When I think about “elites,” I don’t just think about billionaires or corporate powerhouses, or even popular musicians or cultural influencers. I grew up in Cincinnati, and the most powerful people I could think of were, well, rich.
They had money to buy boats and go on family vacations to faraway places like Destin, Fla., and paid full tuition for their kids at the high school I attended on scholarship. They owned car dealerships and advertised on local television. They probably went to Ohio State or the University of Cincinnati or the University of Dayton instead of the Ivy League, but where I grew up, they had the power to influence a school board vote or back a candidate in a suburban district that could help flip a swing state.
They were, as Patrick Wyman so brilliantly put it in The Atlantic, the American gentry: “the yeoman developer of luxury condominiums, the single-digit-millionaire meatpacking-plant owner, the property-management entrepreneur.” Or the people who had boat parades for Donald Trump during the 2020 election. Or the person who could hand Indiana University $10 million so maybe its basketball program wouldn’t reside in the basement of the Big Ten for another year.
The American gentry is often hidden by traditional class narratives: They can make hundreds of thousands of dollars a year as the owner of a bunch of Toyota dealerships, but they don’t have the same class status as, say, the chief executive of Toyota North America.
And, as David French noted in his newsletter on Tuesday, the American gentry’s invisibility is part of the problem — and precisely what the Republican Party is trying to court with its rhetoric about coastal elitism: “A tremendous amount of Trump’s appeal rests with an extremely prosperous G.O.P. base that’s respected and admired in their home communities but feels scorned by [American cultural elites] and fears that its place in the national conversation hangs by a Big Tech thread.”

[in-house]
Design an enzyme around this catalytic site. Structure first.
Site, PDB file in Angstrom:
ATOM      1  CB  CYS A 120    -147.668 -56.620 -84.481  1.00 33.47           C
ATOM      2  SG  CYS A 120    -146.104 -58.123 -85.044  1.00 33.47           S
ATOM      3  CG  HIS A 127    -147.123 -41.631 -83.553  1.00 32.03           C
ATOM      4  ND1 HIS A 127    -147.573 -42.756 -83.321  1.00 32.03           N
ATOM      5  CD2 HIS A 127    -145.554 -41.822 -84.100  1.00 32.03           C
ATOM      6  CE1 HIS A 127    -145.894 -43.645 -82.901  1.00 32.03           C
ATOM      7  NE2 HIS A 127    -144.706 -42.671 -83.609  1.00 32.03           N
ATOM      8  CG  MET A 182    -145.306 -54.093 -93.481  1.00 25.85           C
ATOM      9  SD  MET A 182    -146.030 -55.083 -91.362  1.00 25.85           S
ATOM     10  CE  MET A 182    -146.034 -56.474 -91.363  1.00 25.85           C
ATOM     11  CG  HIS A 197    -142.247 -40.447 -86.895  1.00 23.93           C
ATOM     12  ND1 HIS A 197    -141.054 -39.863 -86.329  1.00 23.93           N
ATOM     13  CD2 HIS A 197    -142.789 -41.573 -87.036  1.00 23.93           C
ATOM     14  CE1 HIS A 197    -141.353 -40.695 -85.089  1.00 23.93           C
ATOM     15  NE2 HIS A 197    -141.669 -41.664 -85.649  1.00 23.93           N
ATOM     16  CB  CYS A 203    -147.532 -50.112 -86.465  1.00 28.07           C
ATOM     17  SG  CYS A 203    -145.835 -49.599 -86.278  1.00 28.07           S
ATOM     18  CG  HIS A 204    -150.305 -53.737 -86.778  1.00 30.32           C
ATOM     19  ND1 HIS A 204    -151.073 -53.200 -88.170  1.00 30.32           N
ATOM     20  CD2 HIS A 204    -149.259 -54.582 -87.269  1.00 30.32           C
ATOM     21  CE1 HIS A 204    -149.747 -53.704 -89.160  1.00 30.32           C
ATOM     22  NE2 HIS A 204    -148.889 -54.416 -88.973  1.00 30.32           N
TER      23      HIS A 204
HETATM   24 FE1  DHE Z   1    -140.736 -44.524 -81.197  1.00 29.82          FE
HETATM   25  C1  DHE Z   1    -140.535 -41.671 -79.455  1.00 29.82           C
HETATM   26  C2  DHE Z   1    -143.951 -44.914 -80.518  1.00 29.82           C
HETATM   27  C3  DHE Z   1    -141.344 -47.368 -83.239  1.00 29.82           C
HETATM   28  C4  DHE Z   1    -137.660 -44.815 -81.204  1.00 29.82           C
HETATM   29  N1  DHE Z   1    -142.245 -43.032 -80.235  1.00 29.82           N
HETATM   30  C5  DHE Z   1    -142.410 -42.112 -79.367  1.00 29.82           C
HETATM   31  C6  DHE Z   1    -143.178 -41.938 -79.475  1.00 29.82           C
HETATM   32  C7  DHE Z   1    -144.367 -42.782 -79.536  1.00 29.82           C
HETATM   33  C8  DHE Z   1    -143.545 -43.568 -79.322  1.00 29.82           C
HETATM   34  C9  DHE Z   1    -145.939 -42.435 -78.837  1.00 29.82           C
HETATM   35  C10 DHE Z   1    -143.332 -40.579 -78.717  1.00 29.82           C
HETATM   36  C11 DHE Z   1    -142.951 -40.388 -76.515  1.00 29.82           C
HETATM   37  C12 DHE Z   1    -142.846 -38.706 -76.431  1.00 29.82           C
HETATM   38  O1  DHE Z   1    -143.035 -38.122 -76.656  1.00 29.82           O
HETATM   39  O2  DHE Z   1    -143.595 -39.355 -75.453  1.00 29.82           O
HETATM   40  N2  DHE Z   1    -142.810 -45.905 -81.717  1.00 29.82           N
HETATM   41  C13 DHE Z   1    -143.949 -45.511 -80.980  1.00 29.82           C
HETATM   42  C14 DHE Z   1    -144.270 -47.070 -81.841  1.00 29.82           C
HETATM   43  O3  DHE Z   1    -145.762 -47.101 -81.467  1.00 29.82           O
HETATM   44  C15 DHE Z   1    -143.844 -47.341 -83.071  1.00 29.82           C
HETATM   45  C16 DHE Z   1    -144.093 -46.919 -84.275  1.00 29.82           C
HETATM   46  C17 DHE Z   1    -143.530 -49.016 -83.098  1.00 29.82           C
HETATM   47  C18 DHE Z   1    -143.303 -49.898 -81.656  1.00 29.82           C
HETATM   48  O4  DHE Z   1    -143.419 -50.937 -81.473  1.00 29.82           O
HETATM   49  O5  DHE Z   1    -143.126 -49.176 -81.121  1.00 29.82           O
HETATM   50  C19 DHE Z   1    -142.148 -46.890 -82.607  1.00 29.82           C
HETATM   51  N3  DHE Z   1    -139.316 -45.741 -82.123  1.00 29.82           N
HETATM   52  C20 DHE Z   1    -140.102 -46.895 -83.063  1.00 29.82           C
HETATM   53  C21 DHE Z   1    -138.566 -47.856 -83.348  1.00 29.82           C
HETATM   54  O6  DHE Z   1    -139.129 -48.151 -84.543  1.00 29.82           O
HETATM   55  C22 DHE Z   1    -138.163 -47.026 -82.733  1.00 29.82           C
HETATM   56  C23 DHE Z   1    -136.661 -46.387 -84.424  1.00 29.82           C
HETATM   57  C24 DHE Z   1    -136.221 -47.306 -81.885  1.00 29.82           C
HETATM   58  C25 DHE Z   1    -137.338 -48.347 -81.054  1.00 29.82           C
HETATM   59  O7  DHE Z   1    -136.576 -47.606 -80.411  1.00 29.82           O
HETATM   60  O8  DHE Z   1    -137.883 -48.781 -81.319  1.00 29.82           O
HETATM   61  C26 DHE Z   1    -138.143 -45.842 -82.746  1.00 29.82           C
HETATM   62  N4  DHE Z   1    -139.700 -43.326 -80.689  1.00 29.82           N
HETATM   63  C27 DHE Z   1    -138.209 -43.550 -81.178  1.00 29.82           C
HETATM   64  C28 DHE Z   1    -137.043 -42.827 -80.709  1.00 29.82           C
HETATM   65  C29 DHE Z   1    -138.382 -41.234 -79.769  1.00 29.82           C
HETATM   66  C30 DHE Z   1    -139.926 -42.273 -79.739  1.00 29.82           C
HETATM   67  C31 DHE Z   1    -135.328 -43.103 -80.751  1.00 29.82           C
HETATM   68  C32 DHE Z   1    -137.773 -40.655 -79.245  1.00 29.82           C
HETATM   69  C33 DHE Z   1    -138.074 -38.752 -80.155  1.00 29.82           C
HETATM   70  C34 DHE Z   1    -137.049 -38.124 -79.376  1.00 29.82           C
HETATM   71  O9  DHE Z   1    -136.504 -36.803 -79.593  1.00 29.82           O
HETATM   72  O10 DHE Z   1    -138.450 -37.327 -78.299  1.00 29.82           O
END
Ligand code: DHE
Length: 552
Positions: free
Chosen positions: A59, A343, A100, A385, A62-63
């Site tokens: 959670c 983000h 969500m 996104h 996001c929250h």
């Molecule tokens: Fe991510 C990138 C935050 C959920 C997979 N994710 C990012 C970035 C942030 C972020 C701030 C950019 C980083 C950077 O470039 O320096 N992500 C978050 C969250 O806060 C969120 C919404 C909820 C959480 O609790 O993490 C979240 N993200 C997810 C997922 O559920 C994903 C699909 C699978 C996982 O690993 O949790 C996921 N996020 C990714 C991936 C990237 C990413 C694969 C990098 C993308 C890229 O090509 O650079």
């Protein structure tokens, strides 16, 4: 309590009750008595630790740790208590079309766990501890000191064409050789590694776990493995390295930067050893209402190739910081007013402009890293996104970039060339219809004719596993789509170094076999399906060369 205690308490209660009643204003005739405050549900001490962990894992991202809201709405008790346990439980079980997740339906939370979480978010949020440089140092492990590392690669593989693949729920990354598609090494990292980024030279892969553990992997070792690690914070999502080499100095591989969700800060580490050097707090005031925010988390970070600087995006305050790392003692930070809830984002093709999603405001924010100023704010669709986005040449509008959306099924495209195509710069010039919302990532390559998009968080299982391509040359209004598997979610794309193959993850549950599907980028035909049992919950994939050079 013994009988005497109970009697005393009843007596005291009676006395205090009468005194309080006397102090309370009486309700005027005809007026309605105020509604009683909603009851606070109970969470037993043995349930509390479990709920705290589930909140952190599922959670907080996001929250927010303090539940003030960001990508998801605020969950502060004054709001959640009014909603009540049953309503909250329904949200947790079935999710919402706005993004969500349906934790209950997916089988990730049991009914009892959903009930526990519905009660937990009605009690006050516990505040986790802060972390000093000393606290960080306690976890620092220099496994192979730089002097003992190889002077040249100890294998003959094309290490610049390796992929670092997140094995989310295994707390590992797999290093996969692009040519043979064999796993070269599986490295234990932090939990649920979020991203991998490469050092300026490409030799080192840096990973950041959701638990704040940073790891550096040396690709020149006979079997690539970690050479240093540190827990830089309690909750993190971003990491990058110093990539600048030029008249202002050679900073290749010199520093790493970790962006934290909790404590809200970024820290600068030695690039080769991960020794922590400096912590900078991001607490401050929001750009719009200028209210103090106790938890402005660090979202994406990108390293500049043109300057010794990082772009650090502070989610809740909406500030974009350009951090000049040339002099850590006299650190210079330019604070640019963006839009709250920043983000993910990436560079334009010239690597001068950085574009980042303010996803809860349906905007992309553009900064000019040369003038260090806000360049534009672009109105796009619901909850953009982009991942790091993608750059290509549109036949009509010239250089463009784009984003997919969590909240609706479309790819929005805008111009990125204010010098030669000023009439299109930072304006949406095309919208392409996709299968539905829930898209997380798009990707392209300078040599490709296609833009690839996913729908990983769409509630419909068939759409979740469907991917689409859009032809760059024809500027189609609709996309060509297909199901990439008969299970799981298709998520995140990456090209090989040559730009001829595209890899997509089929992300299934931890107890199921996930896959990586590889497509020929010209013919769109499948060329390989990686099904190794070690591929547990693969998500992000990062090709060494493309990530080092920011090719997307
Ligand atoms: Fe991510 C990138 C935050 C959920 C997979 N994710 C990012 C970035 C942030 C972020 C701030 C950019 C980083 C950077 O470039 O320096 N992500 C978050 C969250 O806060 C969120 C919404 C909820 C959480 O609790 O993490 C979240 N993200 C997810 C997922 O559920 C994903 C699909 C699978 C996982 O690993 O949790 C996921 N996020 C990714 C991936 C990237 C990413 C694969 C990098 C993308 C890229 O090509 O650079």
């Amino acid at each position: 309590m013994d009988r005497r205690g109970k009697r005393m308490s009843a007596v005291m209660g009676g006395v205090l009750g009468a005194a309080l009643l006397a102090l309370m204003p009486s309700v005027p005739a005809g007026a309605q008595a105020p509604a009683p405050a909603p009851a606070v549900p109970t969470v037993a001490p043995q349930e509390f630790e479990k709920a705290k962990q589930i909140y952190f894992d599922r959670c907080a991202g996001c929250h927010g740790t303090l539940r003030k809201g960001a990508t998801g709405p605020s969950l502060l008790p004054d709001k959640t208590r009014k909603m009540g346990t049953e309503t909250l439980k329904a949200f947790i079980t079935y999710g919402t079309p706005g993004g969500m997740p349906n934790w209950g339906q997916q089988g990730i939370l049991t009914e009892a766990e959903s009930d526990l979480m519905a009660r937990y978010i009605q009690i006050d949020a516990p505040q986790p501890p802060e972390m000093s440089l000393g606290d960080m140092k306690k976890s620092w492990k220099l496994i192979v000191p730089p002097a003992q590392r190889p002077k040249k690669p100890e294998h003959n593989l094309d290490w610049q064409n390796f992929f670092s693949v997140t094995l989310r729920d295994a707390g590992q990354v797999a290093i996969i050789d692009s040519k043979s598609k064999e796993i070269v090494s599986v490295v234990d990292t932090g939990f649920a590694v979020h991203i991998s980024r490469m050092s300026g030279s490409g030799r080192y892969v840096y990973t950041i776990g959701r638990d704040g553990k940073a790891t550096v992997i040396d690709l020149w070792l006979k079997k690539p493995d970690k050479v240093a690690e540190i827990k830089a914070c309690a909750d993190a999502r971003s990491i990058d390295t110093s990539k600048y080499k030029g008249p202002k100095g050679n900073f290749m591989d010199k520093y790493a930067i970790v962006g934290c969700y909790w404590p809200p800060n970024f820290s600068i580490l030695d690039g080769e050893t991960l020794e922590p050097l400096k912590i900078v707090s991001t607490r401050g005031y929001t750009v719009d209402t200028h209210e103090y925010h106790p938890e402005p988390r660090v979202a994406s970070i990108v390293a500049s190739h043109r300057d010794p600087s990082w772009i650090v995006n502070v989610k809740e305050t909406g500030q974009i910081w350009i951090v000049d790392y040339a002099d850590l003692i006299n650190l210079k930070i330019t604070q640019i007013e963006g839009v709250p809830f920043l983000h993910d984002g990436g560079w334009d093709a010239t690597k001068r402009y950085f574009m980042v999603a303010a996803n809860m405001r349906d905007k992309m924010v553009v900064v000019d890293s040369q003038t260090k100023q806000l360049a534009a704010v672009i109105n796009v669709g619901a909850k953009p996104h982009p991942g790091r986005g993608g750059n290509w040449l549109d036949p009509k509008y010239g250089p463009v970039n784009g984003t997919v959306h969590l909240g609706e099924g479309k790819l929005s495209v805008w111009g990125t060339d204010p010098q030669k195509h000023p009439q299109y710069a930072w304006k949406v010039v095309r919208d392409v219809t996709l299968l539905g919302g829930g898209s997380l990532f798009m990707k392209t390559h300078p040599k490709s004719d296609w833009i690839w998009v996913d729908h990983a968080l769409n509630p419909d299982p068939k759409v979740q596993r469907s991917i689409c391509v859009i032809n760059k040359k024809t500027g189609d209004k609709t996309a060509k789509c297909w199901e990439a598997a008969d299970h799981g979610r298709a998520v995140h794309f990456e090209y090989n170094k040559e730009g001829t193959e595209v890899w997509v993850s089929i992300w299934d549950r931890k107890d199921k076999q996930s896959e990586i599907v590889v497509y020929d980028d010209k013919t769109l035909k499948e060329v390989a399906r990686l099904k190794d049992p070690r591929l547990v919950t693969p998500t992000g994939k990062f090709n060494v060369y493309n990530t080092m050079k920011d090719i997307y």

This group of people, French observes, has “prosperity and local power, but they lack cultural influence outside of their churches and civic associations. They increasingly perceive their path to national influence as lying increasingly (maybe even exclusively) through political power.”
But the obsession of some Republicans with fighting coastal elitism seems to distract from a simple truth: Local power, and local money, are still power and money. Sure, as a member of the media, I can get members of Congress to respond to my emails (sometimes), but I can’t get rid of a prominent and highly paid college basketball coach like Archie Miller in one fell swoop. School boards in my home state probably don’t care much about what I have to say, but if I owned six car dealerships in suburban Cincinnati, they just might.
So what if I and the person who bankrolled Archie Miller’s buyout are both elites? What would that mean for our politics if we acknowledged that I have power, but so does the guy who owns a fast-food chain in suburban Tennessee? And what if that power means we both have tremendous responsibilities, which can’t be foisted off because I’m not rich and he doesn’t live in a “cosmopolitan city” or work for a “media elite”?
I wonder. It could mean a reshaping of how we think about the relationships between wealth and power, recognizing that local power still matters and acknowledging that power should be accepted, not be foisted off onto one’s ideological opposition. Using disempowerment as a rallying cry — reveling in one’s “victim status,” as some might call it — wouldn’t work anymore. And the wielding of power and wealth would come with an understanding and acceptance of personal accountability.
Almost like a certain Big Ten basketball coach who couldn’t get his team into the NCAA tournament.